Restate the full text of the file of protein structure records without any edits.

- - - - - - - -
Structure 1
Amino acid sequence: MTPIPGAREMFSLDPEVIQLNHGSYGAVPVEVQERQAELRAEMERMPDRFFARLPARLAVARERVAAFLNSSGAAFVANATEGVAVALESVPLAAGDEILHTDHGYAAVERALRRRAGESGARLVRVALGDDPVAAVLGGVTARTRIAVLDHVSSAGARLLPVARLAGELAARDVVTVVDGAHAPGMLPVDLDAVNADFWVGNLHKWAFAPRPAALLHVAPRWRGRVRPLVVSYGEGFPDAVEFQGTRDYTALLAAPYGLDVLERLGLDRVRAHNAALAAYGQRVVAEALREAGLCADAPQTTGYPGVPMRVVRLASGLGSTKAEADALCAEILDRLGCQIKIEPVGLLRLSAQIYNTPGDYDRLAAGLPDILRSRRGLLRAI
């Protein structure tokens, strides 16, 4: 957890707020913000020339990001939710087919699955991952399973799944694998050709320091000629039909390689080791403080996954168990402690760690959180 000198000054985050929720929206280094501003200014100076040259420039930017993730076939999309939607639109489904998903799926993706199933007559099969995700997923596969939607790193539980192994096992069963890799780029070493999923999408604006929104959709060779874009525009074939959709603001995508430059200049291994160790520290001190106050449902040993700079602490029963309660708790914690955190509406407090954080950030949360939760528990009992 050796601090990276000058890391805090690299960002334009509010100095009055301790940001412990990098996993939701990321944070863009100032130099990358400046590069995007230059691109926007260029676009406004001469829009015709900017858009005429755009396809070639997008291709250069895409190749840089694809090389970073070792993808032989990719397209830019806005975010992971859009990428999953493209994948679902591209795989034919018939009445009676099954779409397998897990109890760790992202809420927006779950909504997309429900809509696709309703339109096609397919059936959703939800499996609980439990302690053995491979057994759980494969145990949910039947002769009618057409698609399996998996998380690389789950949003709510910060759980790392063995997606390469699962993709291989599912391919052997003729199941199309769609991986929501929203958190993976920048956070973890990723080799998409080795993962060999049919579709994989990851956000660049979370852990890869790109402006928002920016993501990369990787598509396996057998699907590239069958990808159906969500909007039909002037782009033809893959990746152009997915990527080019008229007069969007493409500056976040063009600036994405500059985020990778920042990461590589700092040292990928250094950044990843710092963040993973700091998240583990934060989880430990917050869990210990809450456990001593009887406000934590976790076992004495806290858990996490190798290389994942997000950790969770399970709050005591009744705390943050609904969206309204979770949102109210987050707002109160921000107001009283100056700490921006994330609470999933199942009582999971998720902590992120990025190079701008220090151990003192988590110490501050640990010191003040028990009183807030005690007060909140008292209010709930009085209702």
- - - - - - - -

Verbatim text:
Structure 1
Amino acid sequence: MTPIPGAREMFSLDPEVIQLNHGSYGAVPVEVQERQAELRAEMERMPDRFFARLPARLAVARERVAAFLNSSGAAFVANATEGVAVALESVPLAAGDEILHTDHGYAAVERALRRRAGESGARLVRVALGDDPVAAVLGGVTARTRIAVLDHVSSAGARLLPVARLAGELAARDVVTVVDGAHAPGMLPVDLDAVNADFWVGNLHKWAFAPRPAALLHVAPRWRGRVRPLVVSYGEGFPDAVEFQGTRDYTALLAAPYGLDVLERLGLDRVRAHNAALAAYGQRVVAEALREAGLCADAPQTTGYPGVPMRVVRLASGLGSTKAEADALCAEILDRLGCQIKIEPVGLLRLSAQIYNTPGDYDRLAAGLPDILRSRRGLLRAI
């Protein structure tokens, strides 16, 4: 957890707020913000020339990001939710087919699955991952399973799944694998050709320091000629039909390689080791403080996954168990402690760690959180 000198000054985050929720929206280094501003200014100076040259420039930017993730076939999309939607639109489904998903799926993706199933007559099969995700997923596969939607790193539980192994096992069963890799780029070493999923999408604006929104959709060779874009525009074939959709603001995508430059200049291994160790520290001190106050449902040993700079602490029963309660708790914690955190509406407090954080950030949360939760528990009992 050796601090990276000058890391805090690299960002334009509010100095009055301790940001412990990098996993939701990321944070863009100032130099990358400046590069995007230059691109926007260029676009406004001469829009015709900017858009005429755009396809070639997008291709250069895409190749840089694809090389970073070792993808032989990719397209830019806005975010992971859009990428999953493209994948679902591209795989034919018939009445009676099954779409397998897990109890760790992202809420927006779950909504997309429900809509696709309703339109096609397919059936959703939800499996609980439990302690053995491979057994759980494969145990949910039947002769009618057409698609399996998996998380690389789950949003709510910060759980790392063995997606390469699962993709291989599912391919052997003729199941199309769609991986929501929203958190993976920048956070973890990723080799998409080795993962060999049919579709994989990851956000660049979370852990890869790109402006928002920016993501990369990787598509396996057998699907590239069958990808159906969500909007039909002037782009033809893959990746152009997915990527080019008229007069969007493409500056976040063009600036994405500059985020990778920042990461590589700092040292990928250094950044990843710092963040993973700091998240583990934060989880430990917050869990210990809450456990001593009887406000934590976790076992004495806290858990996490190798290389994942997000950790969770399970709050005591009744705390943050609904969206309204979770949102109210987050707002109160921000107001009283100056700490921006994330609470999933199942009582999971998720902590992120990025190079701008220090151990003192988590110490501050640990010191003040028990009183807030005690007060909140008292209010709930009085209702």